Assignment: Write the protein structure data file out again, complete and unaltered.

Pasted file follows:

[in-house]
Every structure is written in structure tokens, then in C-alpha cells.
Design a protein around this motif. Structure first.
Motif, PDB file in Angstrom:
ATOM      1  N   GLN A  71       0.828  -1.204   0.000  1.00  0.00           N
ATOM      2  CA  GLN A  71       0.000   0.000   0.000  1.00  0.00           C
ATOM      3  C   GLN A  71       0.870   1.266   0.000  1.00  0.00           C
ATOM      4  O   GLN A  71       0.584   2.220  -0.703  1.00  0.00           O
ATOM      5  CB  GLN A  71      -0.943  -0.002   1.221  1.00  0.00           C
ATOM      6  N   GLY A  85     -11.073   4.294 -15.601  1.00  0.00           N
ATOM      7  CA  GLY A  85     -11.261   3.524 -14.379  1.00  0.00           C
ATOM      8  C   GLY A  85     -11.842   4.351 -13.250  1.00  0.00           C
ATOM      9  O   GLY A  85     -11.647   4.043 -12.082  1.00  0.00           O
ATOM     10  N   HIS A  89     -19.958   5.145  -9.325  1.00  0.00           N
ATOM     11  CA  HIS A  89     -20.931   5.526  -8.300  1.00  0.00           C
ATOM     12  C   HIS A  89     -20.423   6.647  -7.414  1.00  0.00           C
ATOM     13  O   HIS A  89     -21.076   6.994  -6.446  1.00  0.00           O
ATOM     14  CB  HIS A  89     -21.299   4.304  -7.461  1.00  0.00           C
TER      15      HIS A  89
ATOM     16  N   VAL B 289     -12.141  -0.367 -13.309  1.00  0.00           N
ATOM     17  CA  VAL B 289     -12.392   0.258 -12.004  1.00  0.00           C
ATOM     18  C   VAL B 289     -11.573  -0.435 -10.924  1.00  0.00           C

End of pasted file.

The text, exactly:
[in-house]
Every structure is written in structure tokens, then in C-alpha cells.
Design a protein around this motif. Structure first.
Motif, PDB file in Angstrom:
ATOM      1  N   GLN A  71       0.828  -1.204   0.000  1.00  0.00           N
ATOM      2  CA  GLN A  71       0.000   0.000   0.000  1.00  0.00           C
ATOM      3  C   GLN A  71       0.870   1.266   0.000  1.00  0.00           C
ATOM      4  O   GLN A  71       0.584   2.220  -0.703  1.00  0.00           O
ATOM      5  CB  GLN A  71      -0.943  -0.002   1.221  1.00  0.00           C
ATOM      6  N   GLY A  85     -11.073   4.294 -15.601  1.00  0.00           N
ATOM      7  CA  GLY A  85     -11.261   3.524 -14.379  1.00  0.00           C
ATOM      8  C   GLY A  85     -11.842   4.351 -13.250  1.00  0.00           C
ATOM      9  O   GLY A  85     -11.647   4.043 -12.082  1.00  0.00           O
ATOM     10  N   HIS A  89     -19.958   5.145  -9.325  1.00  0.00           N
ATOM     11  CA  HIS A  89     -20.931   5.526  -8.300  1.00  0.00           C
ATOM     12  C   HIS A  89     -20.423   6.647  -7.414  1.00  0.00           C
ATOM     13  O   HIS A  89     -21.076   6.994  -6.446  1.00  0.00           O
ATOM     14  CB  HIS A  89     -21.299   4.304  -7.461  1.00  0.00           C
TER      15      HIS A  89
ATOM     16  N   VAL B 289     -12.141  -0.367 -13.309  1.00  0.00           N
ATOM     17  CA  VAL B 289     -12.392   0.258 -12.004  1.00  0.00           C
ATOM     18  C   VAL B 289     -11.573  -0.435 -10.924  1.00  0.00           C